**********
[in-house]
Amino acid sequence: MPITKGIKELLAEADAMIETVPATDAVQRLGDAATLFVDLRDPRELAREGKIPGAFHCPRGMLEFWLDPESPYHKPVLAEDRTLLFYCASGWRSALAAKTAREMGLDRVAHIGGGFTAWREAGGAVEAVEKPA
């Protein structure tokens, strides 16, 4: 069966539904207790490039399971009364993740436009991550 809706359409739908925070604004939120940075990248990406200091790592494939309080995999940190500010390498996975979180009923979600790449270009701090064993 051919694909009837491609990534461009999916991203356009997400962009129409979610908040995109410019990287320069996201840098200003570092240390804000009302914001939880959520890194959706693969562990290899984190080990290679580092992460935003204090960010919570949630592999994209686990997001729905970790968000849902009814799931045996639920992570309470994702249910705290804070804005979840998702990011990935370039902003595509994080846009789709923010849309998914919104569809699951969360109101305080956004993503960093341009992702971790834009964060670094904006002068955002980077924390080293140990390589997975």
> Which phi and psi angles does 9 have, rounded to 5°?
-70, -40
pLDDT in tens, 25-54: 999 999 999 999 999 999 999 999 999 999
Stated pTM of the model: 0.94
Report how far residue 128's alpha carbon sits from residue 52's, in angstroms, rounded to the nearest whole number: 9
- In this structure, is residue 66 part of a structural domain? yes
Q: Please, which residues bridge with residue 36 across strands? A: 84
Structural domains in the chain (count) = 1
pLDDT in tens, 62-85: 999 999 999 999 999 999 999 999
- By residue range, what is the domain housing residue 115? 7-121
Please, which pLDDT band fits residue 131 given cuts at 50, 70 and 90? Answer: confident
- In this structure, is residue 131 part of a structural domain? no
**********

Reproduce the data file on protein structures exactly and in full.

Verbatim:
[in-house]
Amino acid sequence: MPITKGIKELLAEADAMIETVPATDAVQRLGDAATLFVDLRDPRELAREGKIPGAFHCPRGMLEFWLDPESPYHKPVLAEDRTLLFYCASGWRSALAAKTAREMGLDRVAHIGGGFTAWREAGGAVEAVEKPA
């Protein structure tokens, strides 16, 4: 069966539904207790490039399971009364993740436009991550 809706359409739908925070604004939120940075990248990406200091790592494939309080995999940190500010390498996975979180009923979600790449270009701090064993 051919694909009837491609990534461009999916991203356009997400962009129409979610908040995109410019990287320069996201840098200003570092240390804000009302914001939880959520890194959706693969562990290899984190080990290679580092992460935003204090960010919570949630592999994209686990997001729905970790968000849902009814799931045996639920992570309470994702249910705290804070804005979840998702990011990935370039902003595509994080846009789709923010849309998914919104569809699951969360109101305080956004993503960093341009992702971790834009964060670094904006002068955002980077924390080293140990390589997975």
> Which phi and psi angles does 9 have, rounded to 5°?
-70, -40
pLDDT in tens, 25-54: 999 999 999 999 999 999 999 999 999 999
Stated pTM of the model: 0.94
Report how far residue 128's alpha carbon sits from residue 52's, in angstroms, rounded to the nearest whole number: 9
- In this structure, is residue 66 part of a structural domain? yes
Q: Please, which residues bridge with residue 36 across strands? A: 84
Structural domains in the chain (count) = 1
pLDDT in tens, 62-85: 999 999 999 999 999 999 999 999
- By residue range, what is the domain housing residue 115? 7-121
Please, which pLDDT band fits residue 131 given cuts at 50, 70 and 90? Answer: confident
- In this structure, is residue 131 part of a structural domain? no